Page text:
Abstract
La depreciación contable se ha constituido en un concepto significativo en la discusión sobre la valuación de activos durante las últimas dos centurias. La intención principal en este documento es examinar los orígenes del pensamiento contable sobre la depreciación desde una perspectiva interdisciplinar. La investigación se desarrolla realizando una revisión analítica de las contribuciones de los autores elegidos, en relación con las disciplinas donde han sido formados, para rastrear las influencias respectivas sobre los académicos y profesionales de la contaduría en la construcción del concepto y teorías sobre depreciación. Adicionalmente, y a manera ilustrativa, se discute la literatura que ha estudiado la depreciación para organizaciones en el sector público, utilizando como recurso metodológico las genealogías foucaultianas.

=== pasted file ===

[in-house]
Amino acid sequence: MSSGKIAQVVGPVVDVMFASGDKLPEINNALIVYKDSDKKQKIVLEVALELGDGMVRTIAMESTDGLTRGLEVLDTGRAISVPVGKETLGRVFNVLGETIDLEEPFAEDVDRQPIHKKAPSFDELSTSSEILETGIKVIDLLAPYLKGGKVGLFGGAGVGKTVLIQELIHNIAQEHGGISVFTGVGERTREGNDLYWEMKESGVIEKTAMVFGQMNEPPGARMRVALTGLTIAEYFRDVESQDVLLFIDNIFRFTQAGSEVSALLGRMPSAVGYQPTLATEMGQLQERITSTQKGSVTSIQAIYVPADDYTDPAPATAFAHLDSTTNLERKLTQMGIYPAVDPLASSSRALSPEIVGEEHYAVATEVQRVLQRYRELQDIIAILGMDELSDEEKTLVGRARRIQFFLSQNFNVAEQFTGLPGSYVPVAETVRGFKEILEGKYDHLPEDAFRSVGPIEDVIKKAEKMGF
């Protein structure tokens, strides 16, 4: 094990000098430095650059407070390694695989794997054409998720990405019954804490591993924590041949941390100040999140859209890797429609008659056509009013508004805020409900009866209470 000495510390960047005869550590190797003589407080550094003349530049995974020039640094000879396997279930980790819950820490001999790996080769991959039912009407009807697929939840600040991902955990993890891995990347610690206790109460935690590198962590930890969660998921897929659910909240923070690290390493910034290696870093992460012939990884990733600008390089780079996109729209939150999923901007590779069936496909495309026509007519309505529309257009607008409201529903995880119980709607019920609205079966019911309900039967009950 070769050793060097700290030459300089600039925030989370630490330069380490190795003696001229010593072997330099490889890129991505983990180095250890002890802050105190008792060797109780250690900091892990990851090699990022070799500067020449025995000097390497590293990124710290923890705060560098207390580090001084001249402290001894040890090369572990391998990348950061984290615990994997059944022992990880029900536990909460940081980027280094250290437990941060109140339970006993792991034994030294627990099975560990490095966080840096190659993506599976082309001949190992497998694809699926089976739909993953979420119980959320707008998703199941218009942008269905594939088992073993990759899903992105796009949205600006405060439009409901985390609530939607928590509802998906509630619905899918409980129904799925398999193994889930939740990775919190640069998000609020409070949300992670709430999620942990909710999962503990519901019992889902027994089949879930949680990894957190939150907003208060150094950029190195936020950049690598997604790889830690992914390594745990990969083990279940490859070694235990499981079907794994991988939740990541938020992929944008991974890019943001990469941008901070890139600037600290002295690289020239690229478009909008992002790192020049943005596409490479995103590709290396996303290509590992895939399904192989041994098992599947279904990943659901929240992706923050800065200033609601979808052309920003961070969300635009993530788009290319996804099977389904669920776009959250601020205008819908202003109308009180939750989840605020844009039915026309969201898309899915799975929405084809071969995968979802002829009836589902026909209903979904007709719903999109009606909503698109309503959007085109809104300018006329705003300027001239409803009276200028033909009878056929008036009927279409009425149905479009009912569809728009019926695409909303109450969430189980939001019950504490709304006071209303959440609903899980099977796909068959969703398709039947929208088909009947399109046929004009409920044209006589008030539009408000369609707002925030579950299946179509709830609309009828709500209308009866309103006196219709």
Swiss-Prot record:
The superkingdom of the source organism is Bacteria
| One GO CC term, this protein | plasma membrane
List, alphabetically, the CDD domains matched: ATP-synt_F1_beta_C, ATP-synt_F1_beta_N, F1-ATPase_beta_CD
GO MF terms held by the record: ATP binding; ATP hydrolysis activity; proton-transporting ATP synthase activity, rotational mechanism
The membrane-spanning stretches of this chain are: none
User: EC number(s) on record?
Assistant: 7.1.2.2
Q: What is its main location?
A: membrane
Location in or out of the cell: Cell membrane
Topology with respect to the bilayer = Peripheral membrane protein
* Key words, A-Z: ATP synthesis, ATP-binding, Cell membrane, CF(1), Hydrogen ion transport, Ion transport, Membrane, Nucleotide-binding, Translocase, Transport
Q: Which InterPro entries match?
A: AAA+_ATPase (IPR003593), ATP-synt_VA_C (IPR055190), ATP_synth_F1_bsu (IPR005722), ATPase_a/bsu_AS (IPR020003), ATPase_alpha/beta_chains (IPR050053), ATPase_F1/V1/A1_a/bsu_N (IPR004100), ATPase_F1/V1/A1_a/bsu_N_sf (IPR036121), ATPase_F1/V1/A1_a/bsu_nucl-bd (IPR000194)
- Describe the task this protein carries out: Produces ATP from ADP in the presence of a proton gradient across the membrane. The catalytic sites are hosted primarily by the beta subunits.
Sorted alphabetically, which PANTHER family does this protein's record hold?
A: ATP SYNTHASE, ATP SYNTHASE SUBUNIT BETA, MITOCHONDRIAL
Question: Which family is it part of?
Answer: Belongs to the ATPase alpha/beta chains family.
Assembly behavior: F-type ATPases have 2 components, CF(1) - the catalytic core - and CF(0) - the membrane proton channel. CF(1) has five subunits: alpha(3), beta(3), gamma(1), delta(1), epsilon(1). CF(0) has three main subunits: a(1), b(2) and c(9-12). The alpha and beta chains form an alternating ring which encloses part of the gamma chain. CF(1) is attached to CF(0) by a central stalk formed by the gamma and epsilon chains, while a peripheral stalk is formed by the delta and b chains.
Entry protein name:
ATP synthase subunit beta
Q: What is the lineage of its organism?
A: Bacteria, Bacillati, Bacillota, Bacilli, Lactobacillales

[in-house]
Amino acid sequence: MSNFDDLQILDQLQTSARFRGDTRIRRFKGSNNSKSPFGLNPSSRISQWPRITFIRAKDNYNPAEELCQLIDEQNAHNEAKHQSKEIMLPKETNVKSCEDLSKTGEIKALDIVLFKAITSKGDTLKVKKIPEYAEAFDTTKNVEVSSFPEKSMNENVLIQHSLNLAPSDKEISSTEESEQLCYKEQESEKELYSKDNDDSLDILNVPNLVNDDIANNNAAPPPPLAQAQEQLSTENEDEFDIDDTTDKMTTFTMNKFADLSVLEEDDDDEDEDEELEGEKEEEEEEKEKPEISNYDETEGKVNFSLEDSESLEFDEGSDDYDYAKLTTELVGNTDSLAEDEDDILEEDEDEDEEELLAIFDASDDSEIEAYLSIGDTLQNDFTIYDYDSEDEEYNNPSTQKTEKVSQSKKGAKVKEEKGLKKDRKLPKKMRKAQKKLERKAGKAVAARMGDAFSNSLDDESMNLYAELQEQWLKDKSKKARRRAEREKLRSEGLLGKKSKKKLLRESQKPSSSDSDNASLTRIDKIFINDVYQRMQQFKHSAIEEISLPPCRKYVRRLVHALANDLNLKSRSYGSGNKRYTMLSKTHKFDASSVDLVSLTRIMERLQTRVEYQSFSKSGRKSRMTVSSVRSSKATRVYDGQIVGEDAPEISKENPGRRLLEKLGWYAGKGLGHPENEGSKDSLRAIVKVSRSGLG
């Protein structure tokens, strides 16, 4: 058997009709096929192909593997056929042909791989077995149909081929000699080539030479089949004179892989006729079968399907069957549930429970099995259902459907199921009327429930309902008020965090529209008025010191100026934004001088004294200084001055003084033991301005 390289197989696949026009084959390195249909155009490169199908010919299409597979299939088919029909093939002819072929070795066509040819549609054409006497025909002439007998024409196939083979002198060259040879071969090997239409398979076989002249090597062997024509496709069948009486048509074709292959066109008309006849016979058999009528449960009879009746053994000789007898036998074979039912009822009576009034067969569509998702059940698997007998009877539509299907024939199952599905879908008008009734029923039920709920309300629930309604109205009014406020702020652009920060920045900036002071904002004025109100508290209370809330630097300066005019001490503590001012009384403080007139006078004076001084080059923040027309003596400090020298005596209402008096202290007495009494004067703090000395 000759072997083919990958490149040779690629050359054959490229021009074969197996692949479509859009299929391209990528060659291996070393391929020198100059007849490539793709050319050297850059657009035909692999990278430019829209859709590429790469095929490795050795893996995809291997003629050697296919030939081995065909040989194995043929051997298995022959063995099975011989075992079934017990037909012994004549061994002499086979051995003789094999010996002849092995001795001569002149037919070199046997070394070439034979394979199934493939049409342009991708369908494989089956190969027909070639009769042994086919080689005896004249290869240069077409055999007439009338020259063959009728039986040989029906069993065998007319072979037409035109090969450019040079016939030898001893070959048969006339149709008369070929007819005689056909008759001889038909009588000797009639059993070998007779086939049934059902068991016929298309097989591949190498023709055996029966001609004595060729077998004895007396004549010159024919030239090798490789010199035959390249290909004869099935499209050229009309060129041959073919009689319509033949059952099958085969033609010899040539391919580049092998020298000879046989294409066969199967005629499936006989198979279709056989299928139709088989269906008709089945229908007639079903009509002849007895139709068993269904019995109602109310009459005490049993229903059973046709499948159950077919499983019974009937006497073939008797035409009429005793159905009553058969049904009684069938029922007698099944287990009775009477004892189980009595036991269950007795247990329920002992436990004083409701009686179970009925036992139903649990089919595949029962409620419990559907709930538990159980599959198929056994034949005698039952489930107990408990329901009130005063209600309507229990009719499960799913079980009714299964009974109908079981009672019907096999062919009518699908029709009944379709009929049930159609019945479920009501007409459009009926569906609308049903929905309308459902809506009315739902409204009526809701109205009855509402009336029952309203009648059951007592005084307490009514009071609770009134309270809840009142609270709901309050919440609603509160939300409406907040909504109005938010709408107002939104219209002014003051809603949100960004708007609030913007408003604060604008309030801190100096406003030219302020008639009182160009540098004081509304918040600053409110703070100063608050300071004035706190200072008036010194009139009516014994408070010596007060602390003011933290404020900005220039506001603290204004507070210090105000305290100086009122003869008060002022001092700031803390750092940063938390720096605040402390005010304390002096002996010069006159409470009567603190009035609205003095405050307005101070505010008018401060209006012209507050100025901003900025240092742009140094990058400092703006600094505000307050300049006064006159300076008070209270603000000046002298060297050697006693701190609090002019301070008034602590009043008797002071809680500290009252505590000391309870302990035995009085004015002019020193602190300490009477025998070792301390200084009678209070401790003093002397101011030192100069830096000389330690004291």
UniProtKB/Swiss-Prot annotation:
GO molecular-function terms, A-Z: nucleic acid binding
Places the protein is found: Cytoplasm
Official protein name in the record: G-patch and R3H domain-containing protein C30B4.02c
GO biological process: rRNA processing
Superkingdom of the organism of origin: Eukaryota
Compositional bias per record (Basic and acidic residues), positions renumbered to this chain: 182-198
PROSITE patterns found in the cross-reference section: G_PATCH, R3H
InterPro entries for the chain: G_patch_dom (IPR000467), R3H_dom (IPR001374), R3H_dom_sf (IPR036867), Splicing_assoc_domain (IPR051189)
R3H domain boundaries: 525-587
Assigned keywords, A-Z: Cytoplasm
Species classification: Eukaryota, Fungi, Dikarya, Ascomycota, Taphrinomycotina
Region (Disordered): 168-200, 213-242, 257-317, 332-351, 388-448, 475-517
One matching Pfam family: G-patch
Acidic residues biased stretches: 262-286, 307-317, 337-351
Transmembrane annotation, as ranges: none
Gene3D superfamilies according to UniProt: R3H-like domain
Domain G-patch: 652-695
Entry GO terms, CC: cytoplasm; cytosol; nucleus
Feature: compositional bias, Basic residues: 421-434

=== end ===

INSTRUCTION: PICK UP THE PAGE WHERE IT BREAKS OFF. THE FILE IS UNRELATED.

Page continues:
In this paper, we examine investors' valuation of the domestic and foreign components of total earnings after controlling for information beyond current earnings. Our sample consists of U.S. multinationals during the 1985-2002 period. In a prior study, Bodnar and Weintrop (1997) find that investors place a higher weight on foreign earnings than on domestic earnings in valuing securities, and that this finding can be explained in part by the higher growth opportunities in foreign markets. While this explanation is intuitively appealing, other possible explanations include the varying importance of information other than current accounting earnings in pricing securities and the possible misspecification of their model. One potentially important source of other information is information contained in revisions of analysts' forecasts of future (abnormal) earnings and terminal values. Excluding this information from the regression specification potentially leads to a correlated omitted variables problem. In this paper, we use the Liu and Thomas (2000) proxy for “other information,” which is derived from analysts' revisions of near-term and long-term earnings forecasts and discount rate changes. Including the “other information” variable greatly improves the explanatory power of the returns—earnings regression. Consistent with our predictions, we find that the bias resulting from excluding other value-relevant information has a greater effect on foreign earnings than on domestic earnings. Foreign earnings are no longer incrementally value relevant when we control for “other information.”